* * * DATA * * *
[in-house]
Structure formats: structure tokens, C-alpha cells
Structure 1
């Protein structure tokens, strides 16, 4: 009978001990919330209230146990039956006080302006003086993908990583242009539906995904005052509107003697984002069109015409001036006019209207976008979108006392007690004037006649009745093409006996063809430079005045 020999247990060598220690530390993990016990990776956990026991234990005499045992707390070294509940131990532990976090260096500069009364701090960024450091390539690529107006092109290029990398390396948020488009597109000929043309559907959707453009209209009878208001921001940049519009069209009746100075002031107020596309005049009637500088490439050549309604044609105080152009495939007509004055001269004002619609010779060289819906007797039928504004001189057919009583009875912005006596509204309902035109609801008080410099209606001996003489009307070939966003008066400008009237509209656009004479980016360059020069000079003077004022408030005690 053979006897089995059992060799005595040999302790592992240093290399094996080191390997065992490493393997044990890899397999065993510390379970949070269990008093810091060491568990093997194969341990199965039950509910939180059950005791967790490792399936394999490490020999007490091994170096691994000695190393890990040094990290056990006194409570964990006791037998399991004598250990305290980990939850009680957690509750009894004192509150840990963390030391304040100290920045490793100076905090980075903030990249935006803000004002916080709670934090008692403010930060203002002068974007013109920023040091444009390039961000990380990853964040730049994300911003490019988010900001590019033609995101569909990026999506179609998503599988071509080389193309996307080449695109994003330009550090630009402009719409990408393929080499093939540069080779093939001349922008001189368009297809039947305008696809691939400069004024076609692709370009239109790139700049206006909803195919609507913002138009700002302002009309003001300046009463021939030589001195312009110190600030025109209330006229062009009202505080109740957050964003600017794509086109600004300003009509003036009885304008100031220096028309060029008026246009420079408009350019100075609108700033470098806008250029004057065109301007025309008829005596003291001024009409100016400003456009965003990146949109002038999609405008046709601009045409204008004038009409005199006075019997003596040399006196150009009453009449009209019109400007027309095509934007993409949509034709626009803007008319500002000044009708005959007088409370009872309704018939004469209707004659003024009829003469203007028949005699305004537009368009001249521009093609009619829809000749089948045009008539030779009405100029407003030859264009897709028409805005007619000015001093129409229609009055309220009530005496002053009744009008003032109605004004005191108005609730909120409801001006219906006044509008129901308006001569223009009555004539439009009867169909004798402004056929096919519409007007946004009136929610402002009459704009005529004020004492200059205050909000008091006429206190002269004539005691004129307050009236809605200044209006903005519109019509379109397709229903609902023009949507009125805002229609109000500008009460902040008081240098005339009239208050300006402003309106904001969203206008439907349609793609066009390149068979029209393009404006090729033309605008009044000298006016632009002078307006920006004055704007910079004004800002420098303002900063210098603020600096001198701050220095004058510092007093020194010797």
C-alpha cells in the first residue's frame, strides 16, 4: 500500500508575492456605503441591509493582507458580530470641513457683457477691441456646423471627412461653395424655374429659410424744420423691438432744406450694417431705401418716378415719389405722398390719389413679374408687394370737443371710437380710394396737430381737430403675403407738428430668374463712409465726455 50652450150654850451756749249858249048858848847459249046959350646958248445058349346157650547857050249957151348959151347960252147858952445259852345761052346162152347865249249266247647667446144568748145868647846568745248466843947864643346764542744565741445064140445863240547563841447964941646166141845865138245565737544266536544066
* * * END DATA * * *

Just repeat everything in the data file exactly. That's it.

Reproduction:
[in-house]
Structure formats: structure tokens, C-alpha cells
Structure 1
């Protein structure tokens, strides 16, 4: 009978001990919330209230146990039956006080302006003086993908990583242009539906995904005052509107003697984002069109015409001036006019209207976008979108006392007690004037006649009745093409006996063809430079005045 020999247990060598220690530390993990016990990776956990026991234990005499045992707390070294509940131990532990976090260096500069009364701090960024450091390539690529107006092109290029990398390396948020488009597109000929043309559907959707453009209209009878208001921001940049519009069209009746100075002031107020596309005049009637500088490439050549309604044609105080152009495939007509004055001269004002619609010779060289819906007797039928504004001189057919009583009875912005006596509204309902035109609801008080410099209606001996003489009307070939966003008066400008009237509209656009004479980016360059020069000079003077004022408030005690 053979006897089995059992060799005595040999302790592992240093290399094996080191390997065992490493393997044990890899397999065993510390379970949070269990008093810091060491568990093997194969341990199965039950509910939180059950005791967790490792399936394999490490020999007490091994170096691994000695190393890990040094990290056990006194409570964990006791037998399991004598250990305290980990939850009680957690509750009894004192509150840990963390030391304040100290920045490793100076905090980075903030990249935006803000004002916080709670934090008692403010930060203002002068974007013109920023040091444009390039961000990380990853964040730049994300911003490019988010900001590019033609995101569909990026999506179609998503599988071509080389193309996307080449695109994003330009550090630009402009719409990408393929080499093939540069080779093939001349922008001189368009297809039947305008696809691939400069004024076609692709370009239109790139700049206006909803195919609507913002138009700002302002009309003001300046009463021939030589001195312009110190600030025109209330006229062009009202505080109740957050964003600017794509086109600004300003009509003036009885304008100031220096028309060029008026246009420079408009350019100075609108700033470098806008250029004057065109301007025309008829005596003291001024009409100016400003456009965003990146949109002038999609405008046709601009045409204008004038009409005199006075019997003596040399006196150009009453009449009209019109400007027309095509934007993409949509034709626009803007008319500002000044009708005959007088409370009872309704018939004469209707004659003024009829003469203007028949005699305004537009368009001249521009093609009619829809000749089948045009008539030779009405100029407003030859264009897709028409805005007619000015001093129409229609009055309220009530005496002053009744009008003032109605004004005191108005609730909120409801001006219906006044509008129901308006001569223009009555004539439009009867169909004798402004056929096919519409007007946004009136929610402002009459704009005529004020004492200059205050909000008091006429206190002269004539005691004129307050009236809605200044209006903005519109019509379109397709229903609902023009949507009125805002229609109000500008009460902040008081240098005339009239208050300006402003309106904001969203206008439907349609793609066009390149068979029209393009404006090729033309605008009044000298006016632009002078307006920006004055704007910079004004800002420098303002900063210098603020600096001198701050220095004058510092007093020194010797």
C-alpha cells in the first residue's frame, strides 16, 4: 500500500508575492456605503441591509493582507458580530470641513457683457477691441456646423471627412461653395424655374429659410424744420423691438432744406450694417431705401418716378415719389405722398390719389413679374408687394370737443371710437380710394396737430381737430403675403407738428430668374463712409465726455 50652450150654850451756749249858249048858848847459249046959350646958248445058349346157650547857050249957151348959151347960252147858952445259852345761052346162152347865249249266247647667446144568748145868647846568745248466843947864643346764542744565741445064140445863240547563841447964941646166141845865138245565737544266536544066